We are somewhat less focused on ensuring attentiveness. To varying degrees we monitor and control the factors that contribute to worker attentiveness ' work load, motivation, and distractions. We have performance reviews and compensation plans. We provide productivity-enhancing tools and conduct workflow studies to make simplify jobs and allow workers to focus.
But we have pretty much given up when it comes to alertness. We take alertness as a variable factor over which we have no control. This may have been true at one time but it is not true today. There is now a sizable body of research that enables people to better understand, and so control, the elements of alertness (see sidebar on the nine switches of alertness).
The Weak Link
Any system is only as strong as its weakest link. Everyone knows this to be true. And yet, we spend hundreds of thousands of dollars training a doctor on how to do a job and spend nothing on how to live the life that accompanies the job.
Night workers often receive extensive job training. As a result, during the day (when their training classes are usually held) they are thoroughly prepared and capable of carrying out the tasks required of them. But their ultimate performance on the job is highly susceptible to being impaired by fatigue.
Training the Human Machine
If you think of humans as computers, the typical training we provide is like software. It helps people process data and provide an appropriate output. Unlike a computer however, humans' ability to process data quickly and accurately is affected by their alertness. The missing element is training people to enable them to maintain alertness at required levels.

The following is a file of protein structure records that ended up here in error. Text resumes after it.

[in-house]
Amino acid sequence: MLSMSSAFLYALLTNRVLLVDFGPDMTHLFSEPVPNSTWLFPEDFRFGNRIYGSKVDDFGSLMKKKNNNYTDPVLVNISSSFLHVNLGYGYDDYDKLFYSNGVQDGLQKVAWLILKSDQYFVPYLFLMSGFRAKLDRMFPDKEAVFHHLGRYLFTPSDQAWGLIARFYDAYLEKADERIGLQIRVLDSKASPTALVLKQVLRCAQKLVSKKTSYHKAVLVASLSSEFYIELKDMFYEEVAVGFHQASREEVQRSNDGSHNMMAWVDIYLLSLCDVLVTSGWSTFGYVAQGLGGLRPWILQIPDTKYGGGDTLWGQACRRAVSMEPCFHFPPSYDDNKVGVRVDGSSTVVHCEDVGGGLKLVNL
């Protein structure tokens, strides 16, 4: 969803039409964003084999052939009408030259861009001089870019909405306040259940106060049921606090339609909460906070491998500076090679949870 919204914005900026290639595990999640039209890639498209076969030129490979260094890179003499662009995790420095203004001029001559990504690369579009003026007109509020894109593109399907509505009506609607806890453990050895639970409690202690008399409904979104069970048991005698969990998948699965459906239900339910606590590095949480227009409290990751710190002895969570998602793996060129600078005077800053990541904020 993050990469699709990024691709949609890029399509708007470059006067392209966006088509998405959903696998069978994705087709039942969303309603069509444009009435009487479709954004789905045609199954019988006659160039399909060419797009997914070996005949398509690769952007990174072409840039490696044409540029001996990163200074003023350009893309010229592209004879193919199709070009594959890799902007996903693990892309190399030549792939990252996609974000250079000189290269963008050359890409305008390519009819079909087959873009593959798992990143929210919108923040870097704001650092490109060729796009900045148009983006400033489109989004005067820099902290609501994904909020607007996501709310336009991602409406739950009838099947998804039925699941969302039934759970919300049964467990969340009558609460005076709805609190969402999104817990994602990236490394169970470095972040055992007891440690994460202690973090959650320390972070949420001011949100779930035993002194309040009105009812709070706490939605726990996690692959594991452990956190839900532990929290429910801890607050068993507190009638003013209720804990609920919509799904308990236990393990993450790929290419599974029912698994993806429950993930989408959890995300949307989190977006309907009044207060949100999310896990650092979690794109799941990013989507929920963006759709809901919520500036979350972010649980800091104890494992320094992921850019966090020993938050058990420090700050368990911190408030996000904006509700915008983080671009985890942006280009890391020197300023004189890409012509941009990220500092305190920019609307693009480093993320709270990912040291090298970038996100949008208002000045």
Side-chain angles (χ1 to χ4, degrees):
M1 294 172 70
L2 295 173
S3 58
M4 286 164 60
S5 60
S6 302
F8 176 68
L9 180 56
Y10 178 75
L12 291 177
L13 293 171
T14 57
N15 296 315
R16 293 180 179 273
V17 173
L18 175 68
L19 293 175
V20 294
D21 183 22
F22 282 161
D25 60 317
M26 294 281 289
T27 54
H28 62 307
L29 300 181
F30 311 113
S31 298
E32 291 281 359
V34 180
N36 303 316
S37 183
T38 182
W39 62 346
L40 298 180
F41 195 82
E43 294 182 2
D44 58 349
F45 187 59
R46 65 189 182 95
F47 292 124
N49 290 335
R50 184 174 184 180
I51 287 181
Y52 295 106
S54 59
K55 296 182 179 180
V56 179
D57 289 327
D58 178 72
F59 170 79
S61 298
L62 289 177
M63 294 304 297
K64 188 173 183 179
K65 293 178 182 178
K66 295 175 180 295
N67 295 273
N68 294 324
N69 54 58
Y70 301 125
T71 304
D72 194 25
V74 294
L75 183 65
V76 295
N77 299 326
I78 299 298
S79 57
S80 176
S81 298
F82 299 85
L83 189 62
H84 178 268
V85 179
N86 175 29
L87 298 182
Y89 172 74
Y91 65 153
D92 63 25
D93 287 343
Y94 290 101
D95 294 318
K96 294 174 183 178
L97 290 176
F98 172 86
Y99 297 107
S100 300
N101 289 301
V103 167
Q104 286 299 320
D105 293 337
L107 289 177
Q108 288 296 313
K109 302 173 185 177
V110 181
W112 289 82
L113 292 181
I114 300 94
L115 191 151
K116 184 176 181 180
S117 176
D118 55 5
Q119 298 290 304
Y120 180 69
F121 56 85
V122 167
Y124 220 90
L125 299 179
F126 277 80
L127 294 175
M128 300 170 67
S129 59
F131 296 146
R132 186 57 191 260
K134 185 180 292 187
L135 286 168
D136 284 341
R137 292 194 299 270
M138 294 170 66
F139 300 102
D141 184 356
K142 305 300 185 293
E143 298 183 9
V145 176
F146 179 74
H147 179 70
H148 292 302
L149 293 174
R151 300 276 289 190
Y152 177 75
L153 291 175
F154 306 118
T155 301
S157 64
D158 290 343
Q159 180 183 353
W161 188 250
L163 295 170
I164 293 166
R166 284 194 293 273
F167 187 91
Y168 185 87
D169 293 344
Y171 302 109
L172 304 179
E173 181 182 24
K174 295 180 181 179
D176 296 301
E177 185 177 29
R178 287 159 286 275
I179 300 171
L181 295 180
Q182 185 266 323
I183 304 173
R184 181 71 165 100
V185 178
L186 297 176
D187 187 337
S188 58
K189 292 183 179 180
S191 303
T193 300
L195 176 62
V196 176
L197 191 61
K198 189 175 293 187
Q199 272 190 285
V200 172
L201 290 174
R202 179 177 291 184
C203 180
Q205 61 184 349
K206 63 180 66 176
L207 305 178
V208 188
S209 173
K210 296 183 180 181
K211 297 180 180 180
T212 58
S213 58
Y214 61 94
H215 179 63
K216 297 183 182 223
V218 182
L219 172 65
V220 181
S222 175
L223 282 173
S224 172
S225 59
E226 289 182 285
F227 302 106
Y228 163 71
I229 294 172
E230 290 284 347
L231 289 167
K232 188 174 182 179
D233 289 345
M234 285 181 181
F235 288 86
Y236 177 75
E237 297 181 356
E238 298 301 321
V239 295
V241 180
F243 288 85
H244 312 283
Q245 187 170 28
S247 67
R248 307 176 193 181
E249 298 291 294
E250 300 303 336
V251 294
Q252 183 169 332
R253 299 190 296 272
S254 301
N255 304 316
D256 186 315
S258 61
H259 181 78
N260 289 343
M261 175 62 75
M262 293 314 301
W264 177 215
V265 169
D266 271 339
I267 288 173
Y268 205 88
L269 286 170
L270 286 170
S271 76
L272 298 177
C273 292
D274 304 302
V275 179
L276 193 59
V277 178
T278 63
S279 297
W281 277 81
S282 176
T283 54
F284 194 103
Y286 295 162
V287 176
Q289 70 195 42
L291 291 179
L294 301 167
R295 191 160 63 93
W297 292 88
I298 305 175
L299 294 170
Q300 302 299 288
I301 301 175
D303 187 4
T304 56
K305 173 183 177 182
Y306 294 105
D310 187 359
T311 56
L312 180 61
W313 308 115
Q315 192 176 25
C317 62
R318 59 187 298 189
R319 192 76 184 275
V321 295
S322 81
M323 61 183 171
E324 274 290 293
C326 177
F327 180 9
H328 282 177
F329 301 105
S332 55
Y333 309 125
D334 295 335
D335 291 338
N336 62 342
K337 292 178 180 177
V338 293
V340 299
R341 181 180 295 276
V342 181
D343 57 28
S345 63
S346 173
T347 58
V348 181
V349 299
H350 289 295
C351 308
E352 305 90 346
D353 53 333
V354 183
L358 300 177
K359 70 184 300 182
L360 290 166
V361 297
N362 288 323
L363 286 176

This is not a radical new concept. In companies and organizations across North America, health awareness and wellness programs are already in place. These programs are an effort to improve work performance and worker quality of life by encouraging exercise, weight loss, better sleep habits, quitting smoking, etc.
These wellness programs fall short, however, for the 20% of the workforce that works non-traditional hours. What makes sense for daytime workers may not make sense, or may be impractical for nighttime workers. Often company wellness classes are held at noon or at shortly after five o'clock ' times that may make it difficult or impossible for shiftworkers to even attend.
The solution is training that is specifically created for people who work at night. We call this alerntess lifestyle training.
Alertness Lifestyle Training
Workers' alertness, hence their ability to perform effectively, is dependent on many factors. Some of those factors are beyond their control but others are directly affected by the individual's actions. Alertness lifestyle training means giving workers the knowledge they need to make appropriate adjustments to their lives.
As the name suggests, successful lifestyle training affects a workers entire life, not merely his or her time at work. Adjustments on the part of your employees will therefore be contingent on acceptance by spouses and family members who will also be affected. For this reason, you may want to include spouses in your lifestyle training.
Alertness lifestyle training should start with a non-technical discussion of circadian rhythms and how they effect human alertness. People who work at night must understand that there is a fundamental difference between daytime and nighttime work. Humans have evolved over millions of years to be awake during the day and asleep at night. Unless workers acknowledge this basic fact, the rest of the training process is meaningless.